On Thursday evening (26 July 2018), following the publication of the 3-1 decision of the U.S. Securities and Exchange Commission (SEC) to disapprove the Winklevoss Bitcoin ETF for the second time, SEC Commissioner Hester Peirce sent out one amazing tweet that won the hearts of our crypto community, and made her a hero to everyone who loves Bitcoin and is still holding out hope for a Bitcoin ETF in the near future.
Apparently, bitcoin is not ripe enough, respectable enough, or regulated enough to be worthy of our markets. I dissent: https://t.co/gH5zXaKtmj
— Hester Peirce (@HesterPeirce) July 26, 2018
In her public statement titled “Dissent of Commissioner Hester M. Peirce to Release No. 34-83723; File No. SR-BatsBZX-2016-30”, she started by saying that the proposed rule change (every application for a new ETF is called a “proposed rule change” and must be granted exemption by the SEC since U.S. securities laws do not explicitly deal with ETFs) was consistent with the Securities Exchange Act of 1934, and that is the reason why she felt that it should have been approved:
“I respectfully dissent from the Commission’s order disapproving a proposed rule change, as amended, to list and trade shares of the Winklevoss Bitcoin Trust on Bats BZX Exchange… As the order notes, in reviewing such a proposed rule change, the Commission considers whether the proposed change is consistent with the Securities Exchange Act of 1934… and the rules and regulations thereunder… Contrary to the Commission’s determination, I believe that the proposed rule change satisfies the statutory standard and that we should permit BZX to list and trade this bitcoin-based exchange-traded product (‘ETP’). Accordingly, I would set aside the action the staff took by delegated authority in this matter and approve the proposed rule change.”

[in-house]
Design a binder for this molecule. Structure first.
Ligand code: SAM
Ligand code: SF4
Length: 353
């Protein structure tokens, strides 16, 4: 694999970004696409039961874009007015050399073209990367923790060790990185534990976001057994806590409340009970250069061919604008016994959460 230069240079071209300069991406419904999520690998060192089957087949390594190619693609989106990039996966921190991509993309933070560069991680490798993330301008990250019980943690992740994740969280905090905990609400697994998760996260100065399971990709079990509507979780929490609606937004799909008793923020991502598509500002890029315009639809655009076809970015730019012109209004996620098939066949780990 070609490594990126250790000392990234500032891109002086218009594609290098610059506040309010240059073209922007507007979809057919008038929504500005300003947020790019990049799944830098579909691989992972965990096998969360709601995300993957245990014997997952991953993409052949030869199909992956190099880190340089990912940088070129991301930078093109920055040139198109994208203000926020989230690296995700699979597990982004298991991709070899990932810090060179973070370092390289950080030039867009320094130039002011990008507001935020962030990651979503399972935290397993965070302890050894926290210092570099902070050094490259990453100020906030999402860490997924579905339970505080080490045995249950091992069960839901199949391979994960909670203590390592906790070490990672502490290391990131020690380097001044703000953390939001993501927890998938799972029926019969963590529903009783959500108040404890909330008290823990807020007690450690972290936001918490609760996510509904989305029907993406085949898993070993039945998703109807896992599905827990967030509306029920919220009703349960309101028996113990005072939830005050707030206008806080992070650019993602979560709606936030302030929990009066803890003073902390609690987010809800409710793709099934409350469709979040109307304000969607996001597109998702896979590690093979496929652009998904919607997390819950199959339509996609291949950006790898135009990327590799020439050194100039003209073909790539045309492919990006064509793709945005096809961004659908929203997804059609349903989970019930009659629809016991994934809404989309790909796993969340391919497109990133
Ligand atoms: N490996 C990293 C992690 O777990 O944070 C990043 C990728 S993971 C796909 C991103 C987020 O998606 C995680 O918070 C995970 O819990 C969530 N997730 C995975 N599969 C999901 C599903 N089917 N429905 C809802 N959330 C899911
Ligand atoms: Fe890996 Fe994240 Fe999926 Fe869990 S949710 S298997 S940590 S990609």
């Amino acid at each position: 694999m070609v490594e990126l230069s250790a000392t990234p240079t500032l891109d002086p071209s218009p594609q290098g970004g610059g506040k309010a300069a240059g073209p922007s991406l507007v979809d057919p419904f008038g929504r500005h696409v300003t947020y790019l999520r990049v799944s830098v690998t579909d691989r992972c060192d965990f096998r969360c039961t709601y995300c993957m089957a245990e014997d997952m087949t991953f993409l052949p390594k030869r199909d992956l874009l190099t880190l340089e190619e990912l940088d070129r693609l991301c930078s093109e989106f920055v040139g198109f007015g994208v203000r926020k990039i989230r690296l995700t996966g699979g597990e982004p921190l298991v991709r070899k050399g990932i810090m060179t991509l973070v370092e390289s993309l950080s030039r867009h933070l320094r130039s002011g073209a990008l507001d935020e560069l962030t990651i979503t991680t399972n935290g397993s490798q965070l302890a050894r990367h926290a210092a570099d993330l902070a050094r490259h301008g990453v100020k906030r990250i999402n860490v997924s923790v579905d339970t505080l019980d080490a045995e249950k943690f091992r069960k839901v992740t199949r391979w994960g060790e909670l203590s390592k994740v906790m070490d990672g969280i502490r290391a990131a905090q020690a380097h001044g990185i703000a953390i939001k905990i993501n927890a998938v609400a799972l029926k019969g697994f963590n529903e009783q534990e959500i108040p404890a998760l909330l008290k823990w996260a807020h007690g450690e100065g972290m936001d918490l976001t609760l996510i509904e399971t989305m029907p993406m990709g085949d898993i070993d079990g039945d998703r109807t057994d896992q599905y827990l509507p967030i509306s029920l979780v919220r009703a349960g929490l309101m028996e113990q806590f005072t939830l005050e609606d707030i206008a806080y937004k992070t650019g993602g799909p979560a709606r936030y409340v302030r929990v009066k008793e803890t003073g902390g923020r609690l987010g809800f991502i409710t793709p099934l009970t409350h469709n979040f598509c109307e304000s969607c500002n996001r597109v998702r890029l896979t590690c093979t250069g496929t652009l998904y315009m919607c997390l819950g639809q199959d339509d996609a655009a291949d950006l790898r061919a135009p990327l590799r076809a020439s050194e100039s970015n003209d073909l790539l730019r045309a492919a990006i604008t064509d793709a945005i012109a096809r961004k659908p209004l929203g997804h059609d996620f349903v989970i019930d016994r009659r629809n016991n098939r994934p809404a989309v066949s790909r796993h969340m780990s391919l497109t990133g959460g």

Next, she listed her other two main concerns about this decision by the SEC:
“In addition, I am concerned that the Commission’s approach undermines investor protection by precluding greater institutionalization of the bitcoin market. More institutional participation would ameliorate many of the Commission’s concerns with the bitcoin market that underlie its disapproval order. More generally, the Commission’s interpretation and application of the statutory standard sends a strong signal that innovation is unwelcome in our markets, a signal that may have effects far beyond the fate of bitcoin ETPs.”
In conclusion she expressed her feelings with the decision of depriving investors to invest in a cryptocurrency-based ETP.
By precluding approval of cryptocurrency-based ETPs for the foreseeable future, the Commission is engaging in merit regulation. Bitcoin is a new phenomenon, and its long-term viability is uncertain. It may succeed; it may fail. The Commission, however, is not well positioned to assess the likelihood of either outcome, for bitcoin or any other asset. Many investors have expressed an interest in gaining exposure to bitcoin, and a subset of these investors would prefer to gain exposure without owning bitcoin directly. An ETP based on bitcoin would offer investors indirect exposure to bitcoin through a product that trades on a regulated securities market and in a manner that eliminates some of the frictions and worries of buying and holding bitcoin directly. If we were to approve the ETP at issue here, investors could choose whether to buy it or avoid it. The Commission’s action today deprives investors of this choice. I reject the role of gatekeeper of innovation—a role very different from (and, indeed, inconsistent with) our mission of protecting investors, fostering capital formation, and facilitating fair, orderly, and efficient markets. Accordingly, I dissent.